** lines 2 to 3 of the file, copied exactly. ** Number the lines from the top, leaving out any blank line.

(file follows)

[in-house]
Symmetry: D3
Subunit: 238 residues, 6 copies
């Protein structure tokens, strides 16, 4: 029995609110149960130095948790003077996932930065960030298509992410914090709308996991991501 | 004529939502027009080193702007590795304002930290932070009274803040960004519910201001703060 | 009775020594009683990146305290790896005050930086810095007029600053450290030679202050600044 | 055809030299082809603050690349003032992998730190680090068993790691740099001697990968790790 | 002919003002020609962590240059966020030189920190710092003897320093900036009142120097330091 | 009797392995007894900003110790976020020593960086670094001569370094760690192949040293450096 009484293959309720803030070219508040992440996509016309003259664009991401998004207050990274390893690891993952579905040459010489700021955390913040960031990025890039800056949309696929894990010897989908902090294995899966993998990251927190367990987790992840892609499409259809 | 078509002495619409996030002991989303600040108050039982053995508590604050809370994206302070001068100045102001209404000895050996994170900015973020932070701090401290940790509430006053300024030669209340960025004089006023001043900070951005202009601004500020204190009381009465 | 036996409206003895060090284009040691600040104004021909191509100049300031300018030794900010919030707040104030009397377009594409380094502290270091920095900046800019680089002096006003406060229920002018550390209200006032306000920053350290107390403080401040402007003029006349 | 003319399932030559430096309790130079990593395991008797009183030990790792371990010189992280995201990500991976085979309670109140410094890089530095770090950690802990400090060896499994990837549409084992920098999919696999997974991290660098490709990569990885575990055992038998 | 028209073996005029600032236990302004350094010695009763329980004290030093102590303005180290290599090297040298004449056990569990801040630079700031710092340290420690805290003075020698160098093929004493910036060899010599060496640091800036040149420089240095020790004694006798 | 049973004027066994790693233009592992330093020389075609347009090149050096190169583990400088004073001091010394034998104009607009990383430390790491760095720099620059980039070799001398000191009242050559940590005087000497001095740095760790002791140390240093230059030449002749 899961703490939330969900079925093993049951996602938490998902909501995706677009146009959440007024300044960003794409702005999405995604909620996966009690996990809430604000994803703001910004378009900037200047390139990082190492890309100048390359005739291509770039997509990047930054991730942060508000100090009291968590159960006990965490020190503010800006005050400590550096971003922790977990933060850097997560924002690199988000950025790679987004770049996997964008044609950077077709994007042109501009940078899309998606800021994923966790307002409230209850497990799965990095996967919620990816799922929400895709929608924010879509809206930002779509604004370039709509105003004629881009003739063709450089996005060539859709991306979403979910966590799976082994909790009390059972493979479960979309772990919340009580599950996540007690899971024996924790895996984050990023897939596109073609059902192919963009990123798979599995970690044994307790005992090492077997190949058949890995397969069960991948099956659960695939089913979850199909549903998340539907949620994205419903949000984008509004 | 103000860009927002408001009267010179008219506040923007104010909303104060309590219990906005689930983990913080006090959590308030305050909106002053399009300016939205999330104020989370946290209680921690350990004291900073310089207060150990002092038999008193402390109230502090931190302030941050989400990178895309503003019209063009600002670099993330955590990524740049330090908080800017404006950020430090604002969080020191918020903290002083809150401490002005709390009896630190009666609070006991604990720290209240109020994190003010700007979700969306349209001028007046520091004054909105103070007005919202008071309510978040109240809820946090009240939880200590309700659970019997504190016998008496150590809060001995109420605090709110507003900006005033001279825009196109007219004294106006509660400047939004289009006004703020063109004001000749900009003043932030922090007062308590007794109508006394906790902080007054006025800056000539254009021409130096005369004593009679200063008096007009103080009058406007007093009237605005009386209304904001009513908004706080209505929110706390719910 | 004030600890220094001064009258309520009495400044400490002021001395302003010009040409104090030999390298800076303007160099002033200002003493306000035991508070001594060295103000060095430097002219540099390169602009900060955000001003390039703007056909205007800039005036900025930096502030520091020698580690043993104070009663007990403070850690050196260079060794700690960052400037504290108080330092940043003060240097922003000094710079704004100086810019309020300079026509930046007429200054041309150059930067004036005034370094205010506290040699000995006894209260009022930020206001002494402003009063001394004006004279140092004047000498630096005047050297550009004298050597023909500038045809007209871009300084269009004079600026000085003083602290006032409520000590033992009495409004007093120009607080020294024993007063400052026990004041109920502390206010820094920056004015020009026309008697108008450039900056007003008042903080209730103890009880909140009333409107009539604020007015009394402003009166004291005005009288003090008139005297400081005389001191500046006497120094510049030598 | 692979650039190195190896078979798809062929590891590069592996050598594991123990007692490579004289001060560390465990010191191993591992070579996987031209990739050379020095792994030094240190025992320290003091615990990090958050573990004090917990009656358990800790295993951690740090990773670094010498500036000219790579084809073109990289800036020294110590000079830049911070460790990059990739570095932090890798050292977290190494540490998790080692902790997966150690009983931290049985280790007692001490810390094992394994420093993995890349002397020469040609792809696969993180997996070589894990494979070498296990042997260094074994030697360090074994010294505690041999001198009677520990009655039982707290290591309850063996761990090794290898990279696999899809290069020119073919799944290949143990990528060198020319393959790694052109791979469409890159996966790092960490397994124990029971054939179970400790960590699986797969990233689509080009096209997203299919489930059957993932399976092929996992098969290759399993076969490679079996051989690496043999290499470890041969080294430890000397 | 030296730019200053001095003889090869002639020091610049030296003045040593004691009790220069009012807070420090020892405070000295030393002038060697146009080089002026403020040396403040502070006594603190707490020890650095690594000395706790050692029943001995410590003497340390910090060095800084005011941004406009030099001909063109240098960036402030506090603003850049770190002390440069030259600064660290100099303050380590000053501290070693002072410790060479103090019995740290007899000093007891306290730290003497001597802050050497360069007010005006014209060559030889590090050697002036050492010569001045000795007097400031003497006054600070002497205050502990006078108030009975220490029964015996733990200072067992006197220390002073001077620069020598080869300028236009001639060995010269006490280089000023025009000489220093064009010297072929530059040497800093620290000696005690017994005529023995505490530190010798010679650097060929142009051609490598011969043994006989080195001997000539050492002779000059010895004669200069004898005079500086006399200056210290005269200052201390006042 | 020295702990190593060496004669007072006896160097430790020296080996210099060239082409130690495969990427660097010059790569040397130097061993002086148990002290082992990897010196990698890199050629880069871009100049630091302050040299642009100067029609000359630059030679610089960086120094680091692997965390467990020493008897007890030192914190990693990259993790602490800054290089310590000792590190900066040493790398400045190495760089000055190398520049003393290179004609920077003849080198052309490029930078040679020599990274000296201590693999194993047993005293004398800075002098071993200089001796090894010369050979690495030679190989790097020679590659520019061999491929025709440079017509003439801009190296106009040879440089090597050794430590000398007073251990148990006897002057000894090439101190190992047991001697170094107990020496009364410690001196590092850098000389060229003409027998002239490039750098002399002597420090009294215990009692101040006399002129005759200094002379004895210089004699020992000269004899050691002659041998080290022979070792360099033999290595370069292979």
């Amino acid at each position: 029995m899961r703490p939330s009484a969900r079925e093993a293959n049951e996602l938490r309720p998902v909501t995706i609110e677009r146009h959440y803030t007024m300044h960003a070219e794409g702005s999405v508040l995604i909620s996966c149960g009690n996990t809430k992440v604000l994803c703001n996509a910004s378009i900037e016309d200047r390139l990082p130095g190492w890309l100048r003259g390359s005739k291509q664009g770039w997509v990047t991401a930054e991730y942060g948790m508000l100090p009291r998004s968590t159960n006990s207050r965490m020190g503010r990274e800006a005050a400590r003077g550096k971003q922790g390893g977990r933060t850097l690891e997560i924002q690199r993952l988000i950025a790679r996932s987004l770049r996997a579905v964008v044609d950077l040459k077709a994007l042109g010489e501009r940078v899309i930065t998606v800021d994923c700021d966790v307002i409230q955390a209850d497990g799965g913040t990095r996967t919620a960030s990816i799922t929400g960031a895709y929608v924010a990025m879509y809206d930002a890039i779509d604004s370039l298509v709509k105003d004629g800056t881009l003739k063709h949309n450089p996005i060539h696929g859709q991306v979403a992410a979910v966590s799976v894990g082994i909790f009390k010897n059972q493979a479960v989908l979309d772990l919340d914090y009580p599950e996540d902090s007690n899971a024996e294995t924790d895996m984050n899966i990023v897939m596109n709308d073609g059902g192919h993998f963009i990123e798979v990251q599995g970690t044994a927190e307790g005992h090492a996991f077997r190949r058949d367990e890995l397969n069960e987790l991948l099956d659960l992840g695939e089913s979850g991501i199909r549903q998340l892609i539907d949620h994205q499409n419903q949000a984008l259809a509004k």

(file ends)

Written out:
Symmetry: D3
Subunit: 238 residues, 6 copies